restrictions on hydrocodone … do not appear derived from evidence-based guidelines and probably won’t do much to reduce the vast majority of inappropriate prescribing, although they may slightly curtail physicians that run pill mills and may also help with diversion
Despite the fact that opioid monotherapy is sub-optimal care, it happens all the time. I’m not sure how the FDA restrictions will help a doctor, who has less than 15 minutes and may not fully understand the multidisciplinary approach required to address chronic pain, delve into anxiety, depression, physical therapy, cognitive behavioral therapy, weight loss, pacing, adjuvant medications, nerve blocks, dietary modifications, and the appropriate use of opioids (just to name a few therapies).
How do we approach non compliance in chronic pain when opioids are on the table? …what if a patient is less than compliant with physical therapy or flat-out refuses yet shows up on time for her opioid prescriptions?
Keep in mind that PT is just an example, the main point being that all adjunct therapies are rejected and only opiates are wanted. However, this could be due to having already tried many other therapies over the years and found them unsuccessful or even dangerous. (Many EDS patients are sent to physical therapy for “exercise” that further damages their delicate connective tissues.)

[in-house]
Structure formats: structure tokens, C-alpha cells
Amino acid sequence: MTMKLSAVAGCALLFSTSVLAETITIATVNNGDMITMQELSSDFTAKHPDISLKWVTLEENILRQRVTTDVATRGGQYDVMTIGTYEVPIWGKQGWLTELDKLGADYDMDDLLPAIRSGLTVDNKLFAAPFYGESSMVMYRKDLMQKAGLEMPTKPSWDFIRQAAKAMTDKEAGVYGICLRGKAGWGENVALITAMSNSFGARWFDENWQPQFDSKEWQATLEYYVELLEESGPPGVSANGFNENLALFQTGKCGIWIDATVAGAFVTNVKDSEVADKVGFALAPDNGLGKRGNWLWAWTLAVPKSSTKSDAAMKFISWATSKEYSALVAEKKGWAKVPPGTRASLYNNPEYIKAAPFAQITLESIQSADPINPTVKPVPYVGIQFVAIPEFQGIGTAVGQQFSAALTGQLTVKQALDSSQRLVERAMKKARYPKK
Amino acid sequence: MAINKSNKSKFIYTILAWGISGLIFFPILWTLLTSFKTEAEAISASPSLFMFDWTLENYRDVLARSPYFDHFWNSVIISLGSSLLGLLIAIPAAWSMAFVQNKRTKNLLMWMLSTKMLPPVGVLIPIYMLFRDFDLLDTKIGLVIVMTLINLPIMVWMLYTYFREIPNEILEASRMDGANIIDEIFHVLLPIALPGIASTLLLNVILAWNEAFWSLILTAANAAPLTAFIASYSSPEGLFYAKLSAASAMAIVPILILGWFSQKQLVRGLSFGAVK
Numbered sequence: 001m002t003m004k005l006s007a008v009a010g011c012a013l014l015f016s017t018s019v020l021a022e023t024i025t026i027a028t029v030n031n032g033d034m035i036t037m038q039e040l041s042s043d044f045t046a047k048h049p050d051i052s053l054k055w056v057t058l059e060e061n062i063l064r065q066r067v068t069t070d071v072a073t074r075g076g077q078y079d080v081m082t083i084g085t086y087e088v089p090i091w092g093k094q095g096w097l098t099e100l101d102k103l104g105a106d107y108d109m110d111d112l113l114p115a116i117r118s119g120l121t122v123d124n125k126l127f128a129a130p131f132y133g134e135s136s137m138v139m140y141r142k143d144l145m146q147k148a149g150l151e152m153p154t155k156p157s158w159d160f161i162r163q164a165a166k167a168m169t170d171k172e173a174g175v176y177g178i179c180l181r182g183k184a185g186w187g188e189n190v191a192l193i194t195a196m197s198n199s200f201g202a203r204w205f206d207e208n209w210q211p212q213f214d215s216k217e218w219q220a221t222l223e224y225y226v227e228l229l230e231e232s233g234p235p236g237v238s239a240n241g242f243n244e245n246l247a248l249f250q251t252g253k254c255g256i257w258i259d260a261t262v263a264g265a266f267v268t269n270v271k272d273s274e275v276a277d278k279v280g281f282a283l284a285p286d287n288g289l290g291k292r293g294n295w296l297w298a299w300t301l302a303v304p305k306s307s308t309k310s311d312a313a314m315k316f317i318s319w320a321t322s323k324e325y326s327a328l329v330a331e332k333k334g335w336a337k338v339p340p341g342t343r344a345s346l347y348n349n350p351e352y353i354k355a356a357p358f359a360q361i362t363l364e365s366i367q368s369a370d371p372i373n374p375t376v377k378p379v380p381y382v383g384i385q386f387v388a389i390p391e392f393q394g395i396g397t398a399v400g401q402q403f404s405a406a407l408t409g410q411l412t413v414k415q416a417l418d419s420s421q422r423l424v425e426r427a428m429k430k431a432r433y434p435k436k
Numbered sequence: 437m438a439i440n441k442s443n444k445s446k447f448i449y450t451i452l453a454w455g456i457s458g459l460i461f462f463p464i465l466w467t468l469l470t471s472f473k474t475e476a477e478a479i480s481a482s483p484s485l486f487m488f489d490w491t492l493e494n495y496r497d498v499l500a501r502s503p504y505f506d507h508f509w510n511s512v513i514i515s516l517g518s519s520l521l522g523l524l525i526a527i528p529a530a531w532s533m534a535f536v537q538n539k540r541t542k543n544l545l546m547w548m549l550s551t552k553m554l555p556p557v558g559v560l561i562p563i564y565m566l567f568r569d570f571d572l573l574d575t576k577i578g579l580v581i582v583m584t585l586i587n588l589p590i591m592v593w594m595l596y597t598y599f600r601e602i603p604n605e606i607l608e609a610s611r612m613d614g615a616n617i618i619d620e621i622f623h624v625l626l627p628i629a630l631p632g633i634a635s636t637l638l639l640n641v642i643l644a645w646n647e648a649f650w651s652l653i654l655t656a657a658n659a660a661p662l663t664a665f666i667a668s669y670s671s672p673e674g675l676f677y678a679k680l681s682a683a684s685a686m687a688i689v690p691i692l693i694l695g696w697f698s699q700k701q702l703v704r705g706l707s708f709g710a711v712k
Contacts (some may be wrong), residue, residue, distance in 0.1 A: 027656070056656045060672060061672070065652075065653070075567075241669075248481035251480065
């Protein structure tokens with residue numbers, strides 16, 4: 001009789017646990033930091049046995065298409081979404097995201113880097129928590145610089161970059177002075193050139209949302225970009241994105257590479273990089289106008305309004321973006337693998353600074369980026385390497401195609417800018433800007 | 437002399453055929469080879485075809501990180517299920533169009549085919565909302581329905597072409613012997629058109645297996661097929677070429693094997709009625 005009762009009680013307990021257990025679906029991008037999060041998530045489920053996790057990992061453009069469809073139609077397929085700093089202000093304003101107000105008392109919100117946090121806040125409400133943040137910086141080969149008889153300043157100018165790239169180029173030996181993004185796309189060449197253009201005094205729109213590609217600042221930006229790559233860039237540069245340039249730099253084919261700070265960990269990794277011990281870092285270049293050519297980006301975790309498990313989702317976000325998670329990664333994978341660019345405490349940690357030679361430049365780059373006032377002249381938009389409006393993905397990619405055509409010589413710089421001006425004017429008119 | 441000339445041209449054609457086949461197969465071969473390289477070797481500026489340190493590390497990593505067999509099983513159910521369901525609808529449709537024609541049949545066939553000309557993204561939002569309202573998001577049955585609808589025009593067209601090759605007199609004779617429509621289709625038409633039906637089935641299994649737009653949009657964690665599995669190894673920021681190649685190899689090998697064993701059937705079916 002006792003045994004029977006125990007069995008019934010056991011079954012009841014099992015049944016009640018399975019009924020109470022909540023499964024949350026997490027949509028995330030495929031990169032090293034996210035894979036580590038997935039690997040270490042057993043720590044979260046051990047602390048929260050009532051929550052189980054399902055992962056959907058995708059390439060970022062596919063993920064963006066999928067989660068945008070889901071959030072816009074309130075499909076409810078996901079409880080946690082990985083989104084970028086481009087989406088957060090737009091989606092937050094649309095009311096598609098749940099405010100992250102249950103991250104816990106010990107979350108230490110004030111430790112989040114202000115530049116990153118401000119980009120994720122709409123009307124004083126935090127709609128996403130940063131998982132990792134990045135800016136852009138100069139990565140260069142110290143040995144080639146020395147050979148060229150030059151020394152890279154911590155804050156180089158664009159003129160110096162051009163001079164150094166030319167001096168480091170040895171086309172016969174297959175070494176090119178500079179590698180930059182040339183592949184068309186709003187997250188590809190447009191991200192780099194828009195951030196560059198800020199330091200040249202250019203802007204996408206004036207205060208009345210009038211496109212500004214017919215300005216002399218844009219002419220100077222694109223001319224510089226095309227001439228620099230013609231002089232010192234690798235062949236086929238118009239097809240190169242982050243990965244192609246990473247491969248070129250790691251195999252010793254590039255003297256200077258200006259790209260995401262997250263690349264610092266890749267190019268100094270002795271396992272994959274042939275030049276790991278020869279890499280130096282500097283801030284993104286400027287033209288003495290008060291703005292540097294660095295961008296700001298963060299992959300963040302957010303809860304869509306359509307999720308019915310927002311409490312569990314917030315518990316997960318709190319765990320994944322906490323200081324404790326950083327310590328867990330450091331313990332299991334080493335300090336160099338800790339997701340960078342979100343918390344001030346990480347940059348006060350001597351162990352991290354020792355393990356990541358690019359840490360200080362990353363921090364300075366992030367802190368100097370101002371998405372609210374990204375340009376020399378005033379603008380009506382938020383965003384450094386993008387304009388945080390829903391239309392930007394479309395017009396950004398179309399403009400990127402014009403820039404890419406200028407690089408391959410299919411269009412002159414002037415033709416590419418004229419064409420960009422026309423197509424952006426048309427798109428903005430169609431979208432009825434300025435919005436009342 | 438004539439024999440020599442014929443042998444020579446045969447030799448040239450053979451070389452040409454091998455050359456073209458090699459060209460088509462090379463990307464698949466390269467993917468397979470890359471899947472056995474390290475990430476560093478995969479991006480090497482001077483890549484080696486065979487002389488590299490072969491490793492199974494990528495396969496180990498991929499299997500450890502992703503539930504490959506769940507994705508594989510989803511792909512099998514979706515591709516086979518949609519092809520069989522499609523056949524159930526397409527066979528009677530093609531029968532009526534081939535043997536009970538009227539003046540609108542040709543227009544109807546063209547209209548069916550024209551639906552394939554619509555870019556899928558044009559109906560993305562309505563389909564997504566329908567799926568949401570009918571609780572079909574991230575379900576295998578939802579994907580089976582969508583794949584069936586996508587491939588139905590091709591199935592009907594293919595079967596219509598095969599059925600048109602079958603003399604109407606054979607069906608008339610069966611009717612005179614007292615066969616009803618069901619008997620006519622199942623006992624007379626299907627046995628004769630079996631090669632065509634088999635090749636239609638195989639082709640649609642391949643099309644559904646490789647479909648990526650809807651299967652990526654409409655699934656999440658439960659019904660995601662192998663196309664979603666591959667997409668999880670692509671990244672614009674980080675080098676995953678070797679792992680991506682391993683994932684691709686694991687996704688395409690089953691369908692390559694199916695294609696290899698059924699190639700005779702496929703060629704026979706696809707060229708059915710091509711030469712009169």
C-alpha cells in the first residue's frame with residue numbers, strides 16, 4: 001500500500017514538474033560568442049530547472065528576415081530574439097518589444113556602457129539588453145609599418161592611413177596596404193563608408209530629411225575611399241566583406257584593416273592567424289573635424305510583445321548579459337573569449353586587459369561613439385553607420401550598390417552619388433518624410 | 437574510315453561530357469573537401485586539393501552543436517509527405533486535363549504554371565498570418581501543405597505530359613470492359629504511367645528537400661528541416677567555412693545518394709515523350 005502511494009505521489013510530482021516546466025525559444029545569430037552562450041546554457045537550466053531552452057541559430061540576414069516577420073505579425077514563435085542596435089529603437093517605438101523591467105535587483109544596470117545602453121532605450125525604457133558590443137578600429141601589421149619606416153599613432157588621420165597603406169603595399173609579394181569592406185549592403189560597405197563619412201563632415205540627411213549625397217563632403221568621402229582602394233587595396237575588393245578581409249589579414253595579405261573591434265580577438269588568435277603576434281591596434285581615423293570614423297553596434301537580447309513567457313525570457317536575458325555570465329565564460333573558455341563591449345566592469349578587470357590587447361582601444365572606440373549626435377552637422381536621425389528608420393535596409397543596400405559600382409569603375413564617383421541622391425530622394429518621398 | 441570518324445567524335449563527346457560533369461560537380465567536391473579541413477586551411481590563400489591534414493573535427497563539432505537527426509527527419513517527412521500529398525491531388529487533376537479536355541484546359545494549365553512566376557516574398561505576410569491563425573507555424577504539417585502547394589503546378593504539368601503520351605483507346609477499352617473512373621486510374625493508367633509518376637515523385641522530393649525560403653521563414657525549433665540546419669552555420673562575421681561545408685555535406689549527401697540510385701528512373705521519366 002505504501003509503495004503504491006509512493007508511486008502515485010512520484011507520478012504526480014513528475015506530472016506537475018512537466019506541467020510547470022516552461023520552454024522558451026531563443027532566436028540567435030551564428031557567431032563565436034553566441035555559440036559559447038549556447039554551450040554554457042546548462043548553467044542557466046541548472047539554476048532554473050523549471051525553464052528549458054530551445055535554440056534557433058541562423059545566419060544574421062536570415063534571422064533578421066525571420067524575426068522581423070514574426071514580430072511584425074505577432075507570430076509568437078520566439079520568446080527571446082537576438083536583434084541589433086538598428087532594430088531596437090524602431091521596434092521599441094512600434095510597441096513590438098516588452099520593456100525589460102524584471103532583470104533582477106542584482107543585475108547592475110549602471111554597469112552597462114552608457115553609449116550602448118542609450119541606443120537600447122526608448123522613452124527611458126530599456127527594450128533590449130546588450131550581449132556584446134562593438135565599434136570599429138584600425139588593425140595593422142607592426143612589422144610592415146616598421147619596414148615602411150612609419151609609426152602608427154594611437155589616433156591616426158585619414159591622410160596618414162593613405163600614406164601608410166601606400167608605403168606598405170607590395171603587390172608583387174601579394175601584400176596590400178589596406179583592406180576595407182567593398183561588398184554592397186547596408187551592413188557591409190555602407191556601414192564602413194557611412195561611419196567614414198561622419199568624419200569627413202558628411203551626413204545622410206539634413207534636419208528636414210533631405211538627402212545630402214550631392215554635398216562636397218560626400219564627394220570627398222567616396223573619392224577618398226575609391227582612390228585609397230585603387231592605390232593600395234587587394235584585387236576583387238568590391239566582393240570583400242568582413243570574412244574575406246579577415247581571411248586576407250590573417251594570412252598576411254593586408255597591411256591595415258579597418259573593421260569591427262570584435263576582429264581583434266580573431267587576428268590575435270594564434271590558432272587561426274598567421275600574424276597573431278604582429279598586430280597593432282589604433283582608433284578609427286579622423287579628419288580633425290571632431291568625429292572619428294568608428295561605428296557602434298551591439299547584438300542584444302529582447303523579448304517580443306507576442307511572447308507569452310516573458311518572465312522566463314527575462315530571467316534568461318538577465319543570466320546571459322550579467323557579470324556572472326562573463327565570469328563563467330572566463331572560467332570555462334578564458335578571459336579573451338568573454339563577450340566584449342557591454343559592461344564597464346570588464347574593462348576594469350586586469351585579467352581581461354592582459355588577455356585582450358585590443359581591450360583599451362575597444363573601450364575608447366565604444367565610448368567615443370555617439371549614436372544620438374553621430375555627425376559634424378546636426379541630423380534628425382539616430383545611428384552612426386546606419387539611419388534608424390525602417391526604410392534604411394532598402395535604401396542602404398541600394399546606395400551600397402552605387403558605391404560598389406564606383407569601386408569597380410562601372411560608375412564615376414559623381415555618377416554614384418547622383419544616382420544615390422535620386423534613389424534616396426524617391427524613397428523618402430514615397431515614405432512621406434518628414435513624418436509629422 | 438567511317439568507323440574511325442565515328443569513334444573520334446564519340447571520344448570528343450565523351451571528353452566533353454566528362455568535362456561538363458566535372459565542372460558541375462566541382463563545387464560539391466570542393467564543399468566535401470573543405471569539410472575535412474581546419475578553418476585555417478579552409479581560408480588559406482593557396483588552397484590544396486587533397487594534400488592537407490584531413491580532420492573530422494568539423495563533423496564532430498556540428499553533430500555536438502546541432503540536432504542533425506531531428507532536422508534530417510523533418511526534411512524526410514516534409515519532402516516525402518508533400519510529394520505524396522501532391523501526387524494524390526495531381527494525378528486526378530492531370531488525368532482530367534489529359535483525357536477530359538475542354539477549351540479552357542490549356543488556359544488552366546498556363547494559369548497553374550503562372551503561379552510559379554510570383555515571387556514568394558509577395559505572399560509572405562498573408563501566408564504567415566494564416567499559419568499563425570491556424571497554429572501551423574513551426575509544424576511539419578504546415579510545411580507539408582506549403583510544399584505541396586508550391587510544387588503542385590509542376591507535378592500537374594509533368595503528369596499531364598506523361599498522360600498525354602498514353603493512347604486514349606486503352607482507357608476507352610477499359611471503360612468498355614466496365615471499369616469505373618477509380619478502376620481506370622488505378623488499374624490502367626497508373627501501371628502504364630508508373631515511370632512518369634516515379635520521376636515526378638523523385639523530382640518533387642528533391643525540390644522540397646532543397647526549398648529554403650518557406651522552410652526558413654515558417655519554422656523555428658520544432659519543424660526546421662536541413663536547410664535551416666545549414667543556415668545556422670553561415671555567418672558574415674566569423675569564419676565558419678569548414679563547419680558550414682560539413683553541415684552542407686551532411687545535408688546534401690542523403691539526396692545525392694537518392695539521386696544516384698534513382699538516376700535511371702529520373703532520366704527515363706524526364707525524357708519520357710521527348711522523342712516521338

Patients are even coerced into submitting to dangerous invasive procedures, like spinal epidurals, in order to prove them ineffective before they are allowed pain relief from opiates (see Hidden Danger of Intraspinal Steroid Injections). If patients decline this risky and ineffective procedure for fear of paralysis or arachnoiditis, they are accused of faking their pain to get opiates.
How will the FDA restrictions guide clinicians in these scenarios?
In almost every single health plan in the United States it is easier to get an MRI and back surgery than it is to get physical therapy. FDA restrictions will not solve this problem.
There are only a few generics for the medications that can actually treat chronic pain, so most of these drugs are very expensive. Many opioids are as cheap as M & Ms. A few extra hoops for hydrocodone won’t solve this issue.
And finally, we practice medicine in a world where some chronic pain conditions respond suboptimally to evidence-based therapies and appropriate, responsible opioid prescribing may be a necessary component.
Some doctors may refuse to start opioids (good for some patients and bad for others), but many doctors will probably just leave written prescriptions with their receptionists for their patients to pick up. In summary, the American problem with opioids and chronic pain will remain unchanged.